On Friday, the Northern District of California issued an order denying in part and granting in part Gerber Products Company’s motion to dismiss the class action lawsuit Norman v. Gerber Products Company.
According to the order, Gerber manufactures and sells baby food and infant formula nationwide. Further, the court states the plaintiff purchased Gerber Good Start Soy 2 Powder Infant & Toddler Formula from various retail stores in California.
The plaintiff’s complaint states she purchased the product with the belief that it was not made with GMOs. Further, it states her and other consumers reasonably believed the product was made without GMOs from the product’s labeling.
The order states several of Gerber’s products include labeling and claims stating “NON GMO” or “NON GMO Not Made With Genetically Engineered Ingredients.” However, the plaintiff alleges many of Gerber’s products containing the label, including Gerber Good Start Soy 2 Powder Infant & Toddler Formula, contain ingredients derived from genetically- modified food sources and are, therefore, not non-GMO.
Accordingly, the plaintiff filed the present class action lawsuit on behalf of herself and similarly situated consumers challenging the non-GMO claim alleging violation of California’s Unfair Competition Law, False Advertising Law and Consumers Legal Remedies Act along with breach of express and implied warranty, unjust enrichment misrepresentation and fraud.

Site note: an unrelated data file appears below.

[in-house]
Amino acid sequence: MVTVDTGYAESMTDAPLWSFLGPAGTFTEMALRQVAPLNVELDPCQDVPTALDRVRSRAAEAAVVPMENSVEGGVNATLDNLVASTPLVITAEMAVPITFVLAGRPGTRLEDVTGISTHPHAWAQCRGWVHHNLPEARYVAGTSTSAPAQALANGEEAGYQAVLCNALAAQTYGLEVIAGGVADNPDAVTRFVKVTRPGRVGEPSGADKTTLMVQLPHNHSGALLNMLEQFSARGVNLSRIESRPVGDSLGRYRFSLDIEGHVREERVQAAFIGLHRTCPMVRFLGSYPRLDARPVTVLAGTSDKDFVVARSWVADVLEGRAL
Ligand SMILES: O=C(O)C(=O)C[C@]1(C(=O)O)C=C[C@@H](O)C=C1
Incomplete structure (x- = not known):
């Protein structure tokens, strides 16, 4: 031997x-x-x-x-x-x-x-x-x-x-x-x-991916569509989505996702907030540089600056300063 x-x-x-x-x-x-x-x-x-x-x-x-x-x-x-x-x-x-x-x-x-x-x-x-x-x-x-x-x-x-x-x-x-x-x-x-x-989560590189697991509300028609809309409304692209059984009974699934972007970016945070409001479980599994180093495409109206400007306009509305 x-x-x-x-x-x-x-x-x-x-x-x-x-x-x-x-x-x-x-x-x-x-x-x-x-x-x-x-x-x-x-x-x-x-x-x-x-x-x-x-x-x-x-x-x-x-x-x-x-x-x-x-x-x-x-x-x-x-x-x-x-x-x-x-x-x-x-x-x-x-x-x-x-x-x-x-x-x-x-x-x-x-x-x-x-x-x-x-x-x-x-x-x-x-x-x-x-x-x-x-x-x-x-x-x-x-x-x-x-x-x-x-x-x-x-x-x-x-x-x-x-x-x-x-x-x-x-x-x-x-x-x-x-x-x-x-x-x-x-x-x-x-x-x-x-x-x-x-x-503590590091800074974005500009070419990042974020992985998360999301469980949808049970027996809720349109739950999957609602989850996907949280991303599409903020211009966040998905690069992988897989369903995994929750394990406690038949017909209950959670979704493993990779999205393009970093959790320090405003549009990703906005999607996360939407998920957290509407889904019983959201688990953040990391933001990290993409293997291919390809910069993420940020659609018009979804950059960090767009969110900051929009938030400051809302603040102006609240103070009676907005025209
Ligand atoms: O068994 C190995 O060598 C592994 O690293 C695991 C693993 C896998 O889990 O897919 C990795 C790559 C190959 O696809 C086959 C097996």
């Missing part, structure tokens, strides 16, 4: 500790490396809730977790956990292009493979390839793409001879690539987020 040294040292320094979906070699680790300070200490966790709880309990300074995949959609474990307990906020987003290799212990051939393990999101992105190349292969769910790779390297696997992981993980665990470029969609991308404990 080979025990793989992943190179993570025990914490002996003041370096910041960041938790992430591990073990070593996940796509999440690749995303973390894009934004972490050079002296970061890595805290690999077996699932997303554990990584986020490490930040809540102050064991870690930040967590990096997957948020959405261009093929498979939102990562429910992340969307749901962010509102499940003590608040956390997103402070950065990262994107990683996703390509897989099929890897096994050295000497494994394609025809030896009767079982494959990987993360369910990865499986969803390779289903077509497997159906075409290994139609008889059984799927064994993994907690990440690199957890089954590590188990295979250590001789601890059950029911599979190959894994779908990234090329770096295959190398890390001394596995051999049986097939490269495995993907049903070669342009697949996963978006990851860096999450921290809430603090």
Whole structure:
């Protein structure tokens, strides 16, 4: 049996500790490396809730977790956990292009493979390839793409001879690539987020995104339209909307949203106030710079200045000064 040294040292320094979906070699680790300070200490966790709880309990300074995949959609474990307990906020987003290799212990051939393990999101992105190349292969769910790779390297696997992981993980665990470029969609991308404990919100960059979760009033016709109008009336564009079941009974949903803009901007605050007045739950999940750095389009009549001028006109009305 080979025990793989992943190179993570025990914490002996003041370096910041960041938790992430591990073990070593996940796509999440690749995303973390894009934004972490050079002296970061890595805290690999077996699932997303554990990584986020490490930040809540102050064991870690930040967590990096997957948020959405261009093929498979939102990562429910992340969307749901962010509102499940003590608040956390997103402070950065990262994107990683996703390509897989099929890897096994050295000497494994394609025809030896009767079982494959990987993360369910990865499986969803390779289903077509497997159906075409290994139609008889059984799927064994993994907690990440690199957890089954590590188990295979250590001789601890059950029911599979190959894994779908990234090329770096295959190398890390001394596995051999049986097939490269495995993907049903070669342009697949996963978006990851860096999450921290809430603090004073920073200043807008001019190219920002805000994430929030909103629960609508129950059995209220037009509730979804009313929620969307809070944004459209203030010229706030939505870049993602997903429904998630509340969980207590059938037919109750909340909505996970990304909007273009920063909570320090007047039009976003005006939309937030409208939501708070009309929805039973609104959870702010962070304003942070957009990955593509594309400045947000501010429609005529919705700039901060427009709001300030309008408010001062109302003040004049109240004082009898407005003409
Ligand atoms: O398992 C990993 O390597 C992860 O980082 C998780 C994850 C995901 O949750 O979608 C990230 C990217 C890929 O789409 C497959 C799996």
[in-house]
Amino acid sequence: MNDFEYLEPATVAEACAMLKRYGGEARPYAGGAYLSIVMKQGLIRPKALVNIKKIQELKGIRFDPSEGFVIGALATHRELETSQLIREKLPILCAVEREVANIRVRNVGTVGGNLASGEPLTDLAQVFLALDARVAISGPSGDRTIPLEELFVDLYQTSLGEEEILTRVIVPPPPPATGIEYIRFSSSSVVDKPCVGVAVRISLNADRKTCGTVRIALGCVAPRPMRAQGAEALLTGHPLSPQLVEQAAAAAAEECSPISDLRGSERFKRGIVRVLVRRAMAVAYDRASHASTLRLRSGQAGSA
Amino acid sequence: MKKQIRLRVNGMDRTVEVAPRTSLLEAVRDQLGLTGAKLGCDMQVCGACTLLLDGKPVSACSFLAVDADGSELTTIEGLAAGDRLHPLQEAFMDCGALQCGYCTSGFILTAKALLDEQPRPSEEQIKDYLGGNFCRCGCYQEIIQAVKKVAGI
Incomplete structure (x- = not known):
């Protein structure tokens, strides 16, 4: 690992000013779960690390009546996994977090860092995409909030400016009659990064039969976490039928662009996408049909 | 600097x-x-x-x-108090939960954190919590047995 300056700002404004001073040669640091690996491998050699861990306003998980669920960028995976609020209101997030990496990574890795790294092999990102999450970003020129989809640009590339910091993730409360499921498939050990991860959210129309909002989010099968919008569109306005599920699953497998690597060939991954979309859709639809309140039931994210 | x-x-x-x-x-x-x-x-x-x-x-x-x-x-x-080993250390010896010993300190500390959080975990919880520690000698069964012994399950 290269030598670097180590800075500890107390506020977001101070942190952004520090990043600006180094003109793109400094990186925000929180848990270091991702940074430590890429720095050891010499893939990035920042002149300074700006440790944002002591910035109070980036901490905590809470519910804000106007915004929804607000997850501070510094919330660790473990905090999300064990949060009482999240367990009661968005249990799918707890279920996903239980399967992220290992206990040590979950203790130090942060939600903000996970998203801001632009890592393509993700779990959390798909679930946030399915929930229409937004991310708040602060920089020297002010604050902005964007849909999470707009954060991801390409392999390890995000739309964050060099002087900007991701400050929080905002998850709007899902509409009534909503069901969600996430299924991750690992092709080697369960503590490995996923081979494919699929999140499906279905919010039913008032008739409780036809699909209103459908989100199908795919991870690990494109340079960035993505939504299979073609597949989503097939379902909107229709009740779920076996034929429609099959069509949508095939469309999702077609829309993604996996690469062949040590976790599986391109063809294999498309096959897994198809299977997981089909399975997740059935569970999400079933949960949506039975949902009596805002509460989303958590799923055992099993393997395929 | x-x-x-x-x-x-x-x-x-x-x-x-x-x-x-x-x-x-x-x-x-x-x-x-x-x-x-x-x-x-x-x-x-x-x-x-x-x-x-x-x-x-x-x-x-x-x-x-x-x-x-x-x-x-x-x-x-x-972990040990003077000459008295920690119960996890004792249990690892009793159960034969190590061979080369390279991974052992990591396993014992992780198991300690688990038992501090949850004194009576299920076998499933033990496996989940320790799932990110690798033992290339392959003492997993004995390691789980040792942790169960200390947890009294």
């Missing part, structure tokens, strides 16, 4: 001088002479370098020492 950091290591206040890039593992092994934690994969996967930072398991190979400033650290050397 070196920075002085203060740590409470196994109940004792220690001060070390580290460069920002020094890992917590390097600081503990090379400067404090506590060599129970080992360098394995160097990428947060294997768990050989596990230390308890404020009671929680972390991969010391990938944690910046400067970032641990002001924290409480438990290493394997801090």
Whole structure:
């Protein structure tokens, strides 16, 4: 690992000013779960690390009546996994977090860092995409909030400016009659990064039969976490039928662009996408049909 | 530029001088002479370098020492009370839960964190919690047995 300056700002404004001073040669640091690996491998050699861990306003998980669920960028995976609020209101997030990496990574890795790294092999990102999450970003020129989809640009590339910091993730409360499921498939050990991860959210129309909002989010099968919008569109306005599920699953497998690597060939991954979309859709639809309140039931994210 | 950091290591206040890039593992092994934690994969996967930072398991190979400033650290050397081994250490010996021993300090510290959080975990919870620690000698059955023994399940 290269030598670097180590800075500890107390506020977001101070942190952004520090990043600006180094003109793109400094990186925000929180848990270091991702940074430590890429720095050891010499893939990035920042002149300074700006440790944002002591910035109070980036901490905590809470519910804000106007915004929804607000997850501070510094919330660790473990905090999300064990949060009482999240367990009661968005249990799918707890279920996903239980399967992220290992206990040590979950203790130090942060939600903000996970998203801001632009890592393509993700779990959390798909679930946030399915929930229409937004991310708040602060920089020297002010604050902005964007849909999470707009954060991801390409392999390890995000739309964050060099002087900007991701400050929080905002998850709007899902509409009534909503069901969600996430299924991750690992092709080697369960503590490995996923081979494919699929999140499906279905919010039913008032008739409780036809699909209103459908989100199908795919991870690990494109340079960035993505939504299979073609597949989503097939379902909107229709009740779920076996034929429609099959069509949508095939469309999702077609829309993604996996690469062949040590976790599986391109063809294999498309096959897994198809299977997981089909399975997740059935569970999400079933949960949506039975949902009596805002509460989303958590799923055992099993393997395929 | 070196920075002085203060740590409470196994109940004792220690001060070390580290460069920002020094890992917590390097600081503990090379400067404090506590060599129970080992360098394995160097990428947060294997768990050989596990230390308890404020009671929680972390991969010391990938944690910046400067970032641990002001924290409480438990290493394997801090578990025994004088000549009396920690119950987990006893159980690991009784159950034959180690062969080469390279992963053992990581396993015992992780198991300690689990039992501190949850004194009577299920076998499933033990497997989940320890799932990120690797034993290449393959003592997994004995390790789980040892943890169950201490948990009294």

Gerber subsequently filed a motion to dismiss arguing the plaintiff failed to state a claim and standing for equitable resolution for her unjust enrichment claim. Specifically, Gerber argued the plaintiff failed to plausibly allege that ingredients genetically engineered in a laboratory setting and ingredients sourced from animals raised on GMO feed fall within her definition of GMOs.
In the order, the court held the plaintiff adequately alleged that ingredients sourced from animals raised on GMO feed constitute GMOs. However, the court found ingredients genetically engineered in a laboratory setting do not satisfy her definition for GMO because she does not allege the ingredients underwent a transfer of genes during that process. The court accordingly granted Gerber’s motion in regards to ingredients genetically engineered in a laboratory setting.
Further, the court granted the defendant’s motion in regards to its argument that the plaintiff lacked standing for equitable relief. The court found the plaintiff failed to state that she lacks a legal remedy to satisfy standing for a claim of equitable resolution. However, the court granted the plaintiff leave to amend stating that it is possible that plaintiff could plead she lacks an adequate remedy at law. The court denied Gerber’s motion in regard to its other arguments, finding the plaintiff adequately stated claims for relief.
The order states the plaintiff has until January 27 to file an amended complaint and the defendant shall file an answer or otherwise respond by February 17. The plaintiff is represented by Bursor & Fisher P.A., and Gerber is represented by White & Case.